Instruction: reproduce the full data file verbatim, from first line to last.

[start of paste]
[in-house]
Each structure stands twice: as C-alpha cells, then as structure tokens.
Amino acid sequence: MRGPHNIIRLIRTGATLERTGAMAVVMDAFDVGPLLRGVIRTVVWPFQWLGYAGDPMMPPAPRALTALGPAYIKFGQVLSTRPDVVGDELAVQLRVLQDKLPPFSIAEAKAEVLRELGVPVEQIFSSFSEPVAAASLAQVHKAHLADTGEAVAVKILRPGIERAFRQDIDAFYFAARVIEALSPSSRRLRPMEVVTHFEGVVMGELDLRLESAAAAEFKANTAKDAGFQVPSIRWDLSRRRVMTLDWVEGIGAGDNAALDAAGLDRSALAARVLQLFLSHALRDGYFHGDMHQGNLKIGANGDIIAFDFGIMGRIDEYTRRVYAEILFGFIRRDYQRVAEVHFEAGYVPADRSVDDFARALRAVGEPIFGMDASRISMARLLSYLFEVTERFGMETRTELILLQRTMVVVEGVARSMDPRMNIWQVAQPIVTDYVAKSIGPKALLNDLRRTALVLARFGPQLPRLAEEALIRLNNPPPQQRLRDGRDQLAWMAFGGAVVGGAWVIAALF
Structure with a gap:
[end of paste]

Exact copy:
[in-house]
Each structure stands twice: as C-alpha cells, then as structure tokens.
Amino acid sequence: MRGPHNIIRLIRTGATLERTGAMAVVMDAFDVGPLLRGVIRTVVWPFQWLGYAGDPMMPPAPRALTALGPAYIKFGQVLSTRPDVVGDELAVQLRVLQDKLPPFSIAEAKAEVLRELGVPVEQIFSSFSEPVAAASLAQVHKAHLADTGEAVAVKILRPGIERAFRQDIDAFYFAARVIEALSPSSRRLRPMEVVTHFEGVVMGELDLRLESAAAAEFKANTAKDAGFQVPSIRWDLSRRRVMTLDWVEGIGAGDNAALDAAGLDRSALAARVLQLFLSHALRDGYFHGDMHQGNLKIGANGDIIAFDFGIMGRIDEYTRRVYAEILFGFIRRDYQRVAEVHFEAGYVPADRSVDDFARALRAVGEPIFGMDASRISMARLLSYLFEVTERFGMETRTELILLQRTMVVVEGVARSMDPRMNIWQVAQPIVTDYVAKSIGPKALLNDLRRTALVLARFGPQLPRLAEEALIRLNNPPPQQRLRDGRDQLAWMAFGGAVVGGAWVIAALF
Structure with a gap: